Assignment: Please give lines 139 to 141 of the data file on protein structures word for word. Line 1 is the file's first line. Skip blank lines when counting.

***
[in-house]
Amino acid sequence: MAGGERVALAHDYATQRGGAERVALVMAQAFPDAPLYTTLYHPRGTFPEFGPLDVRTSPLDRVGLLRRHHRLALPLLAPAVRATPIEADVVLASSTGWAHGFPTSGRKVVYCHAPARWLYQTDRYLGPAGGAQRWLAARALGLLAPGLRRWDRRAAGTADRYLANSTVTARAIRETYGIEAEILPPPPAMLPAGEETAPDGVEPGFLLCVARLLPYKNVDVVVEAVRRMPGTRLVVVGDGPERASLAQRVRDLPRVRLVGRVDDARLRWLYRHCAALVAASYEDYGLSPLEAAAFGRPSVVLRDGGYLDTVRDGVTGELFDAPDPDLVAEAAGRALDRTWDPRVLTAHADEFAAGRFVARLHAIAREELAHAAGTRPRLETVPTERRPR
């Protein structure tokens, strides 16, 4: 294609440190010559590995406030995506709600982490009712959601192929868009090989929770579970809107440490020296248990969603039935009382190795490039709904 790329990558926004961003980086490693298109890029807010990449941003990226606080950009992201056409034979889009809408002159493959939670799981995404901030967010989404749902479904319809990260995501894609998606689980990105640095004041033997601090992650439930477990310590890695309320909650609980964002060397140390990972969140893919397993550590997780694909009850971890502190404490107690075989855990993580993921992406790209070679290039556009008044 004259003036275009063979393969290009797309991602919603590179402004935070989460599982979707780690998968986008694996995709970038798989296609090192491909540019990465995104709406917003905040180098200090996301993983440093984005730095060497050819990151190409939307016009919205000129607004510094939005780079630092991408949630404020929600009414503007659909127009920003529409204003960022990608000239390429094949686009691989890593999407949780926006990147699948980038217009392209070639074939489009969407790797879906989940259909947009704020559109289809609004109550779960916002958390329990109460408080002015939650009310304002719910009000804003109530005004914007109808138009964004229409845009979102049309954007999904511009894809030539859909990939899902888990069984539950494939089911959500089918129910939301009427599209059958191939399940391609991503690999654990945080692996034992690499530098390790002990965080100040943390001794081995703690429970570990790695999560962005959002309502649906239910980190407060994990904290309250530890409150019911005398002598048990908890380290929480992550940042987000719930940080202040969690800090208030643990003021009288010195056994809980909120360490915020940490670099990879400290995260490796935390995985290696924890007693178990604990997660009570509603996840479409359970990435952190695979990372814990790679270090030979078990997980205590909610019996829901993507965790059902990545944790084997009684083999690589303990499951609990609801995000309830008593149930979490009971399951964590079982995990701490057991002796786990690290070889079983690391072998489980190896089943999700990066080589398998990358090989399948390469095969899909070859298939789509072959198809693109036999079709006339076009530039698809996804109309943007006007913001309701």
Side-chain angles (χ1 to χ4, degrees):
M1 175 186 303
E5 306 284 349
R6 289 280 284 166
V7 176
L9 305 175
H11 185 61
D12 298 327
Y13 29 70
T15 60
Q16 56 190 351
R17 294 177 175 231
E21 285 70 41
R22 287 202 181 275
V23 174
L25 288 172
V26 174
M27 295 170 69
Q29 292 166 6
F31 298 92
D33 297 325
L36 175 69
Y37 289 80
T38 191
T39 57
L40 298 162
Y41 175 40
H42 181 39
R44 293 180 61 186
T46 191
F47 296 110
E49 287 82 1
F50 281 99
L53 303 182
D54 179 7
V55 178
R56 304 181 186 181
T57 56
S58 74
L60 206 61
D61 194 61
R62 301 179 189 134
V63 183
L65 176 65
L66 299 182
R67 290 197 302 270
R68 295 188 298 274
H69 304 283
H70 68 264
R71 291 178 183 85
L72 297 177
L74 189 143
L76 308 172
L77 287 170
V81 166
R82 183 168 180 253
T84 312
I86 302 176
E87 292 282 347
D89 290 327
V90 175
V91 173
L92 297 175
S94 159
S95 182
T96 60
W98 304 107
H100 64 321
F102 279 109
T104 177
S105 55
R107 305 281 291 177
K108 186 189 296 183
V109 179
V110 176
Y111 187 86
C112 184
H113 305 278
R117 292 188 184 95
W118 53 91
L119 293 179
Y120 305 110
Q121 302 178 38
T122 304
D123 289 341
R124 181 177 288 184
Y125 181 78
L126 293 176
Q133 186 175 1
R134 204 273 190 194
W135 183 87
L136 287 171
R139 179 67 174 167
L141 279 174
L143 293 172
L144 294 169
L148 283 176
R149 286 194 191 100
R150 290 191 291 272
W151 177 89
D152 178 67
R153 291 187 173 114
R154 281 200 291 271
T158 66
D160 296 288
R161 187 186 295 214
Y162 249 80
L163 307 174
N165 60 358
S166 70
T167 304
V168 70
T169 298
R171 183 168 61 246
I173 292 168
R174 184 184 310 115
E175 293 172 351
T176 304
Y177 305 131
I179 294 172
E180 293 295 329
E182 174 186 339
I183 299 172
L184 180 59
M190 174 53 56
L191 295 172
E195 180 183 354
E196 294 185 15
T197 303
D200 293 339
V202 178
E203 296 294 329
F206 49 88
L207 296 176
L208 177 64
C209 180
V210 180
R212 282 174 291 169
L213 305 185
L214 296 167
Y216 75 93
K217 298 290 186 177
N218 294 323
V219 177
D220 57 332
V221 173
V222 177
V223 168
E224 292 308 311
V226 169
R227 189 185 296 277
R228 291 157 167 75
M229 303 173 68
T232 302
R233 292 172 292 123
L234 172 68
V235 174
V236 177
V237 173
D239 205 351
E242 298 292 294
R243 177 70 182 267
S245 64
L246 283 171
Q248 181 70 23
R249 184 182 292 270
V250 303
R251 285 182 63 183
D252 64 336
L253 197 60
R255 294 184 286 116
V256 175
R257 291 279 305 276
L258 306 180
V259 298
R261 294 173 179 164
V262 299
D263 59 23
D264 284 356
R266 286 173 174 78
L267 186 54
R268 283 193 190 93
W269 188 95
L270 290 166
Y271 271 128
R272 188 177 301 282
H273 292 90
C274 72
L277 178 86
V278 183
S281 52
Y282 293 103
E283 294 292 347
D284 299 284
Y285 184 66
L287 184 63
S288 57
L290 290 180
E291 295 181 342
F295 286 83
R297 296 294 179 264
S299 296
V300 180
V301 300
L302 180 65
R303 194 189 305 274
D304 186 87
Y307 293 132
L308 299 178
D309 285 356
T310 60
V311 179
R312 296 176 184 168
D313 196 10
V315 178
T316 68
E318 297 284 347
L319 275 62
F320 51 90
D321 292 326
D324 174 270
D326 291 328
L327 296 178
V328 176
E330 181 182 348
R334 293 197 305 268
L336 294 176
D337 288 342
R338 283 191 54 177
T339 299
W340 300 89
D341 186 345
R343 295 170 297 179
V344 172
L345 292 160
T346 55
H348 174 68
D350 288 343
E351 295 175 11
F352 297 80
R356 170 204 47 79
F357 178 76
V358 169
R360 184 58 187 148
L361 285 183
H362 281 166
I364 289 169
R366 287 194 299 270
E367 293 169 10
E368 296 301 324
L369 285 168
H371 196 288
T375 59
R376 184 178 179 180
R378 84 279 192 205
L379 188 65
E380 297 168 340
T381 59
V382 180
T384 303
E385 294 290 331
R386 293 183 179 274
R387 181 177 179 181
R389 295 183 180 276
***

C209 180
V210 180
R212 282 174 291 169